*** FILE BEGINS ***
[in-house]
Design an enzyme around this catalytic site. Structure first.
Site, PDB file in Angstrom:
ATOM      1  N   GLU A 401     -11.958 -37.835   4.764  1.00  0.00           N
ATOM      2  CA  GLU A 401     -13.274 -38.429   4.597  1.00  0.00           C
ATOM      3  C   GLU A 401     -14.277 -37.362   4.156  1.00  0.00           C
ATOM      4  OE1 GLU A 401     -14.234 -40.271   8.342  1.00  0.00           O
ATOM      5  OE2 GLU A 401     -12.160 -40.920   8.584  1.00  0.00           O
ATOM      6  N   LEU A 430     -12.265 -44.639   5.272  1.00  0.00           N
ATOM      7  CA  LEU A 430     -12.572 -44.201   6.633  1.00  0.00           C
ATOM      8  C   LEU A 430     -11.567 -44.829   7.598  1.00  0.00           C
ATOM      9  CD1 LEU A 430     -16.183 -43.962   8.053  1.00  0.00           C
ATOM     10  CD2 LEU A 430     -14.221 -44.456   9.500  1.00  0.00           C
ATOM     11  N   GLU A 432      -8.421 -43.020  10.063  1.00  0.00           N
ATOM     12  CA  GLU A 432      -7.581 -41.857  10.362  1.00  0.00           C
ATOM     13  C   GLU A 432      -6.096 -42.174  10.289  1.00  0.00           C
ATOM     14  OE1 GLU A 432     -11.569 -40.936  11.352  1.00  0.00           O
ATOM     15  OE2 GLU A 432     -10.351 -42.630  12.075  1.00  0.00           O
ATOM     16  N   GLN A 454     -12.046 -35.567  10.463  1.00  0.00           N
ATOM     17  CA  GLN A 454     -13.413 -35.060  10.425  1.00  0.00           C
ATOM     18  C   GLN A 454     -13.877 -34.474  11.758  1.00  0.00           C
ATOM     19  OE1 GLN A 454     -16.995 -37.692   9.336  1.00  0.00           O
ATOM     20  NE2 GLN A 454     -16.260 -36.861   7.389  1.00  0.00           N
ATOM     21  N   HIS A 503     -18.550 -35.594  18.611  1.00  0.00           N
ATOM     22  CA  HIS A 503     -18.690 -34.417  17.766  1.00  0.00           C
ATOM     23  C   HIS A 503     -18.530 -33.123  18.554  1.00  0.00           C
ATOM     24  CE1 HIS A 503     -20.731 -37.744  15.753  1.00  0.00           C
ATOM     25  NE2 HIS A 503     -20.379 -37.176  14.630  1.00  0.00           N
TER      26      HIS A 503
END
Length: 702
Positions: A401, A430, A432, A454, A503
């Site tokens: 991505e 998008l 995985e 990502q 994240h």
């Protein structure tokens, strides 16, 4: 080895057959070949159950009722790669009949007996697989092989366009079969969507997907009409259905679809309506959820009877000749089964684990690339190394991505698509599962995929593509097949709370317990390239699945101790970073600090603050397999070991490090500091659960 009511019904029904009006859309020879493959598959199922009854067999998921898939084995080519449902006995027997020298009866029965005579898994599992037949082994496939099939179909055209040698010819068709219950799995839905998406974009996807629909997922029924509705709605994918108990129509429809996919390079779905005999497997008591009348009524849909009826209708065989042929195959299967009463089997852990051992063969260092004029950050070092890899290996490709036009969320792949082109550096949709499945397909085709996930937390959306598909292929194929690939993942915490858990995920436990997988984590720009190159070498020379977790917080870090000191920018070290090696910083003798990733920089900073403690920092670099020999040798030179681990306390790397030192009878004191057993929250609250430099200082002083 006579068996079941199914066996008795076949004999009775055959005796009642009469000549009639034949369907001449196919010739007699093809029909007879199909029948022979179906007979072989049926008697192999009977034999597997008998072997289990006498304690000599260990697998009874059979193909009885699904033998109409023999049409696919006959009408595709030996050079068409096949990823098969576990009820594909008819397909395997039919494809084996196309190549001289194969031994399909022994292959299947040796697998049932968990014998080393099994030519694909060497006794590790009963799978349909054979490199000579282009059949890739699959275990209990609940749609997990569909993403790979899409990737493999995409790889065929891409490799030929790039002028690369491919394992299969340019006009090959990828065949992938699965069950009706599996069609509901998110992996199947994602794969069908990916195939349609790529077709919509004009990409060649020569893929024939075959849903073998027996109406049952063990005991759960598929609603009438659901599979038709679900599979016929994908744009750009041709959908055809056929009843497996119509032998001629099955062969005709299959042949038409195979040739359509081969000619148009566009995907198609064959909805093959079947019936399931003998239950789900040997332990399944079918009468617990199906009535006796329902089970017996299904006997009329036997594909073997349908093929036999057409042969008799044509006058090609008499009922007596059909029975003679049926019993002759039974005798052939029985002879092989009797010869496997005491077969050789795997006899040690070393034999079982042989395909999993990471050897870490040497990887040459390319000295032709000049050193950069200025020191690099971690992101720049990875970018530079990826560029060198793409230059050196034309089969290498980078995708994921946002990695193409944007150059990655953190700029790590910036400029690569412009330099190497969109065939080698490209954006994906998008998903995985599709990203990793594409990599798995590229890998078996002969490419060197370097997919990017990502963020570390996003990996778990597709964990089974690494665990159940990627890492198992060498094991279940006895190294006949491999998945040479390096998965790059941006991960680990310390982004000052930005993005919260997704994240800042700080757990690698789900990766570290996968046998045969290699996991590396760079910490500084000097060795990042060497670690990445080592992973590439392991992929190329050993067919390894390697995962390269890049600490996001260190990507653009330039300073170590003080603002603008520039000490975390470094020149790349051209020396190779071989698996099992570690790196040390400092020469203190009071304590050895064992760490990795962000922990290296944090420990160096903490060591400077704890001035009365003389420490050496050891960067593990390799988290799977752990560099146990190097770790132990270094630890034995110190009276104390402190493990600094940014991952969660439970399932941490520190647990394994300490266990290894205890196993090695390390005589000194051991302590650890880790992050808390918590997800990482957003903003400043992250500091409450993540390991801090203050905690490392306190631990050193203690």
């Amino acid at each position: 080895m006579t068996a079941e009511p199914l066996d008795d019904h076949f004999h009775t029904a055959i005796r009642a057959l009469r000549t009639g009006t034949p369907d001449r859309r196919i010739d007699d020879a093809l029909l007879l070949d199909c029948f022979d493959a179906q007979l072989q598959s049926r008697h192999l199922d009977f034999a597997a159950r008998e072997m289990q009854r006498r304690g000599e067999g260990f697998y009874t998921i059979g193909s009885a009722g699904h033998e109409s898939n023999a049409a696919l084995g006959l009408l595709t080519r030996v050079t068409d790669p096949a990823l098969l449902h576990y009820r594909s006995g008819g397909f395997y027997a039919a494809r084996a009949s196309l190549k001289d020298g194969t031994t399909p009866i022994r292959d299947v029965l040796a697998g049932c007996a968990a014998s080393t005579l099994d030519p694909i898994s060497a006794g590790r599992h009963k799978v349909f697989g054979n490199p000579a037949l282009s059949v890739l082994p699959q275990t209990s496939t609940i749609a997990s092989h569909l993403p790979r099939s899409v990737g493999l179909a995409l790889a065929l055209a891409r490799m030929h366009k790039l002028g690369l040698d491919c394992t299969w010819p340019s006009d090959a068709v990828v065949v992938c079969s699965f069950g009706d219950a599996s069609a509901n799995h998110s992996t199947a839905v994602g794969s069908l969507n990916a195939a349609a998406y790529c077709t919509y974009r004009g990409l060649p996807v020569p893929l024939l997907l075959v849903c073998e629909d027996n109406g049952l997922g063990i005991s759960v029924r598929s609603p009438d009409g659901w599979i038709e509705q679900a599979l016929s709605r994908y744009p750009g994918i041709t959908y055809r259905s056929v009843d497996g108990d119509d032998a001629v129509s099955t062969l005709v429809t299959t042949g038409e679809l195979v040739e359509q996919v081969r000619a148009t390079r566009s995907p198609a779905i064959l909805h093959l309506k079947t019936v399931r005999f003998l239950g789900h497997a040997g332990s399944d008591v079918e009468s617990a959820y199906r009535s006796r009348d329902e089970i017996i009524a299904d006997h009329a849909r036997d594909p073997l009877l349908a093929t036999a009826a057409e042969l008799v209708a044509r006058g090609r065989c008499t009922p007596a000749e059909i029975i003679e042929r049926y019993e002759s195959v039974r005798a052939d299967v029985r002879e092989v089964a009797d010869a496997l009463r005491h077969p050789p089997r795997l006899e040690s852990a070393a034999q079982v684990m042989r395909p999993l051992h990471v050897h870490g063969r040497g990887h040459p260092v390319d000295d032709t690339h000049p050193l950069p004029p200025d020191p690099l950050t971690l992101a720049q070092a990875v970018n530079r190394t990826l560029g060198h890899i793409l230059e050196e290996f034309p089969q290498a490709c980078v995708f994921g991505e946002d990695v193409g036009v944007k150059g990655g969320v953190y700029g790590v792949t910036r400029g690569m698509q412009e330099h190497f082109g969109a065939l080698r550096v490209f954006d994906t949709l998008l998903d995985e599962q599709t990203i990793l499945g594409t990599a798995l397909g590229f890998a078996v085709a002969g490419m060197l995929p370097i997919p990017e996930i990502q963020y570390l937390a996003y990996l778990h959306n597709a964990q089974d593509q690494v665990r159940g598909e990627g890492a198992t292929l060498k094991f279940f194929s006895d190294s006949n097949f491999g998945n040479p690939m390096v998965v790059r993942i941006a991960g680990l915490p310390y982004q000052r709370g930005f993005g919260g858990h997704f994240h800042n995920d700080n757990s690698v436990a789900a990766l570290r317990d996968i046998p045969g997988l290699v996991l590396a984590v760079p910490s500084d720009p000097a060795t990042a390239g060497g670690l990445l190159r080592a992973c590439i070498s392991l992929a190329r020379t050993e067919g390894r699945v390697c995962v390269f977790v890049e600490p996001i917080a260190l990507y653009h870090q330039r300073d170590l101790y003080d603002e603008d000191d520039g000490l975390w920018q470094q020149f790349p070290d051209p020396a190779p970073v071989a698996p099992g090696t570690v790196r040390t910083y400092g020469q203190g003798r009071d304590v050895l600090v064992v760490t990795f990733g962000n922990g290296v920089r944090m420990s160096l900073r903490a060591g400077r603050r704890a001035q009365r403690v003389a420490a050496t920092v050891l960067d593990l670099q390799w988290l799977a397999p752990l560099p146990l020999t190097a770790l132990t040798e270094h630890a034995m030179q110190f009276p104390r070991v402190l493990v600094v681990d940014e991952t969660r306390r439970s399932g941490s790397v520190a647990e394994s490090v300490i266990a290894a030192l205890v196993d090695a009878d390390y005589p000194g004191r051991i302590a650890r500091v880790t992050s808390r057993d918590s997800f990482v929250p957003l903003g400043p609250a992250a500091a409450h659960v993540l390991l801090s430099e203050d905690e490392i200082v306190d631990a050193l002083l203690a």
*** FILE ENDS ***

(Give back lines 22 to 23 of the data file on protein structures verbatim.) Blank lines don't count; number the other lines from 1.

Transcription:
ATOM     19  OE1 GLN A 454     -16.995 -37.692   9.336  1.00  0.00           O
ATOM     20  NE2 GLN A 454     -16.260 -36.861   7.389  1.00  0.00           N